The interview with the client is next and this is the part that counts. This is the technical part and this is the part where you'll meet you're prospective manager and coworkers. Do some of your own homework on the company. Where that suit, and remember, when you aint' got nothin, you got nothin to lose. There's lots more to get into about this part but that's a topic for another post.

 

After the interview you should here back from the headhunter. If they don't contact you or return your calls don't worry about it. Everything up to this point has been just courting. If the client wants you they will get a hold of you. In fact you won't be able to get rid of them they'll be trying to reach you so much. If it didn't work out with that client you may not hear from them until another opportunity comes up. If you do hear from them and they keep you up to date on what's going on than that's great but don't expect it. Nothing personal, just business. They've got other commission$ to work on.

 

If the client does want you they'll be all over you trying to land you. If that happens you're in the driver seat now. They've got a commission hanging in front of them and all they've got to do is get you to sign on the dotted line. This is when issue of pay returns. Again, way all the variables: learning potential, benefits, work environment, commute, your current position... Pay isn't everything. Always verify any benefits being discussed. I've had more than one friend promised something only to find out after working for the company a month that's not the way it is. That said they'll probably offer you at least 20% less than the pay they'd be willing to settle on. If you gave a low number when you first started talking with them they'll come with that of course. This is all just good negotiating on their part. They are making an offer anticipating you may counter at a higher rate. If you have a number that you've decided on after weighing all the factors stick with it, even if it's 40% more than what they offer initially. You're not going to take a job just because one is offered to you. Remember in a negotiation not comming to terms is a possibility. If that's the case, the job isn't right for you. Thank them and say you look forward to working with them again finding a position that suits your needs. If they have low balled you that number they offered will jump up. It may even take a couple turn downs on your part to get it into a place that's more acceptable to you. But hey, that's OK. Let'em work for it.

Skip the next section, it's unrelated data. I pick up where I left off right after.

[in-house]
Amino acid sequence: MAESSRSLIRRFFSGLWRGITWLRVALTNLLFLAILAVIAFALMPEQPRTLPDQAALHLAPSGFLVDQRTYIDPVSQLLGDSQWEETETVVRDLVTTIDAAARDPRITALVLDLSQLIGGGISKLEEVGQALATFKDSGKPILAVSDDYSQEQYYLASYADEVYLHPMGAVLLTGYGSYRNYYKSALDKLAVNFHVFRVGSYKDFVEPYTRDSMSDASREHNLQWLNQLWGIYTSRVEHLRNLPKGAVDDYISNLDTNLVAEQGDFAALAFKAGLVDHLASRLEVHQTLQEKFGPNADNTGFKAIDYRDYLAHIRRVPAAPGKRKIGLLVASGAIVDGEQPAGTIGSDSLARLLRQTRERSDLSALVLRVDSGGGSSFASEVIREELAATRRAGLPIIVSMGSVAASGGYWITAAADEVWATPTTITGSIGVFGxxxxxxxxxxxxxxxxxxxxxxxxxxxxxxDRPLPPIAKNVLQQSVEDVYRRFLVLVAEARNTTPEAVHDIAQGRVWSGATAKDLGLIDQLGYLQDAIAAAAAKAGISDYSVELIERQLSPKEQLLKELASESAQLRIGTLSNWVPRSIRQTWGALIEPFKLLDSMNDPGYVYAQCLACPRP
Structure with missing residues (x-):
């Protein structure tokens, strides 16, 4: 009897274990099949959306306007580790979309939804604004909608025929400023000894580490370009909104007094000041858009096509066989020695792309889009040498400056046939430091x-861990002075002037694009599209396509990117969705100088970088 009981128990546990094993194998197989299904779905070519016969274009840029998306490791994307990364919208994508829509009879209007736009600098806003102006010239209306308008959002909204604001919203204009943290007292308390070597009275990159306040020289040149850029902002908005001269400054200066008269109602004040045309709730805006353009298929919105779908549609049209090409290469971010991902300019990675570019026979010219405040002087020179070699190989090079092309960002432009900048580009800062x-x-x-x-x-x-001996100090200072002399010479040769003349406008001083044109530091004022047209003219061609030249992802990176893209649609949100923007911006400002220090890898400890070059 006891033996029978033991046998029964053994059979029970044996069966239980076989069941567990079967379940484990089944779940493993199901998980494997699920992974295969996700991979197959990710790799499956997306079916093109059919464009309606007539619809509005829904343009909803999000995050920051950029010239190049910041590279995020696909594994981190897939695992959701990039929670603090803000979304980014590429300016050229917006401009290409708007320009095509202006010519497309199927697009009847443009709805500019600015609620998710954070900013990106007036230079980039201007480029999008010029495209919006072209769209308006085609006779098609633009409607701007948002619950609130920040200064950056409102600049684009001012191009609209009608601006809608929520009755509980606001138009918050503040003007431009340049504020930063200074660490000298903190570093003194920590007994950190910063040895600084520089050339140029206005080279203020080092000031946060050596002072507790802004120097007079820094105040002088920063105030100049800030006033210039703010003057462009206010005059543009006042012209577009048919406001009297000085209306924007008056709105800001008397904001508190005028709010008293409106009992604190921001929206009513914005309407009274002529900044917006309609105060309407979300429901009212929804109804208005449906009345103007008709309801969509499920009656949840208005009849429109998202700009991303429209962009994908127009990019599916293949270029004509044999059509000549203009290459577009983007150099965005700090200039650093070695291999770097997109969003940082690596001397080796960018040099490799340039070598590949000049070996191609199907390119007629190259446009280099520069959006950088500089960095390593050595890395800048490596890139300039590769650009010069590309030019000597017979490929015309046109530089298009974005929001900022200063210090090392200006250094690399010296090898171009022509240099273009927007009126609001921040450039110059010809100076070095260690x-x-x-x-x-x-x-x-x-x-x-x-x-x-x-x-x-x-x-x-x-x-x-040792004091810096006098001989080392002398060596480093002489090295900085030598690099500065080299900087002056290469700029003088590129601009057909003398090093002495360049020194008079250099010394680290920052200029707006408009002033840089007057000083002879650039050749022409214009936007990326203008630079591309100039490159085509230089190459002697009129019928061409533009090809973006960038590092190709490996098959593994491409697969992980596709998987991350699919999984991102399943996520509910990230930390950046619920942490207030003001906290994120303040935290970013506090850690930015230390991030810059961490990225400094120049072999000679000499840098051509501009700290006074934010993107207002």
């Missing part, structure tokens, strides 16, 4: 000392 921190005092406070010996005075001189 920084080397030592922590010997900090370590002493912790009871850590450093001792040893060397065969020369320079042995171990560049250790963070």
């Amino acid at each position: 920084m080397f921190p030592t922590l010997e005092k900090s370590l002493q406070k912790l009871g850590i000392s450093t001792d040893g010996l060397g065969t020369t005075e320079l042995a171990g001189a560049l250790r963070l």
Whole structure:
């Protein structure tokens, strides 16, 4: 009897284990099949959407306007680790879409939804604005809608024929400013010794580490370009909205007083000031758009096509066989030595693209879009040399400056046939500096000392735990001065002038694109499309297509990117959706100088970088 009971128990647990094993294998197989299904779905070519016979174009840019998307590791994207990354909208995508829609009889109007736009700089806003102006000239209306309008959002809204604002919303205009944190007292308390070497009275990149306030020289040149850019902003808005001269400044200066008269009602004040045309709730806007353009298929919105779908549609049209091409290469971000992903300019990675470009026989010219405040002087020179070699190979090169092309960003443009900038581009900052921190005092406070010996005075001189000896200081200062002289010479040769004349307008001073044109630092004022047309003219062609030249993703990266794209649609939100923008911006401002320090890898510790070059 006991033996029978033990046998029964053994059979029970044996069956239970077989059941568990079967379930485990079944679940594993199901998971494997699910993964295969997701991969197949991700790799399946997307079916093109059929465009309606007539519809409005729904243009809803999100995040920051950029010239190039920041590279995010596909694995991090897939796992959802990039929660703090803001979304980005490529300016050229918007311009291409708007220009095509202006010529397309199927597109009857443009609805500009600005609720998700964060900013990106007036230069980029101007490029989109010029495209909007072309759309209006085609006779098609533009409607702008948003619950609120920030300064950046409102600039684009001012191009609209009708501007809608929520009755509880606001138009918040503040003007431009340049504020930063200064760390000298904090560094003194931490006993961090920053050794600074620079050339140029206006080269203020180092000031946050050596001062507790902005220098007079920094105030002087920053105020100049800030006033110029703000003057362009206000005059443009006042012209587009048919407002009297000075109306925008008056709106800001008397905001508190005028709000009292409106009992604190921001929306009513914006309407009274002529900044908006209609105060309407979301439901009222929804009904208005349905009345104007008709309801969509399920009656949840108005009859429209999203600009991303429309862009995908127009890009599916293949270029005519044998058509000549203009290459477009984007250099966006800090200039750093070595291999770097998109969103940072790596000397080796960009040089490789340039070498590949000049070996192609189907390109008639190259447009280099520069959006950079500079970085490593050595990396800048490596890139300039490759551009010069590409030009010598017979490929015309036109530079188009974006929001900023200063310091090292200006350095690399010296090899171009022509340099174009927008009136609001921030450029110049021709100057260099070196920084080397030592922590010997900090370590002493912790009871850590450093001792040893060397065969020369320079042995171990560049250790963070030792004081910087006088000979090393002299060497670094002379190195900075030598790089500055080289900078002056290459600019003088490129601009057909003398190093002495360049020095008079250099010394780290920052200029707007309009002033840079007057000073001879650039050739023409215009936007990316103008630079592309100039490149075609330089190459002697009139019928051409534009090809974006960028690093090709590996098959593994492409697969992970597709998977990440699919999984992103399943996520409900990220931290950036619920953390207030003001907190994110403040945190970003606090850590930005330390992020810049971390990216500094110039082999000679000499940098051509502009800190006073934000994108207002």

Please remember that whatever scenarios I've discussed in this post are not the way it works every time. You might actually get an honest straight forward headhunter who is going to work well with you. Their numbers maybe better in your favor and you don't need to work'em so hard to get a higher rate. If you would like to relate your own experience or have another point of view, please post a comment. The more we share the stronger we are. In the end you have to follow your own gut feeling about what is going on. The more you do it, the better you'll get at it. One more thing, it's important to remember that the 'client' is not only the company in need of hiring someone. From the headhunters perspective, you are the client as well. You are half the equation and headhunters need to be concerned about how they conduct themselves with you. I assure you it is a lot easier to find another headhunter than it is good IT talent. You are valuable, don't let anyone persuade you differently.

 

 

Jason Dowd is a Network Architect for a large health system in South Florida and an independent consultant who helps enterprise clients design and implement leading-edge technologies. Mr. Dowd has achieved a number of industry certifications including CCNP, CCDP, CCVP, CCSP, Sniffer Certified Professional and ITIL Foundation Certified in IT Service Management.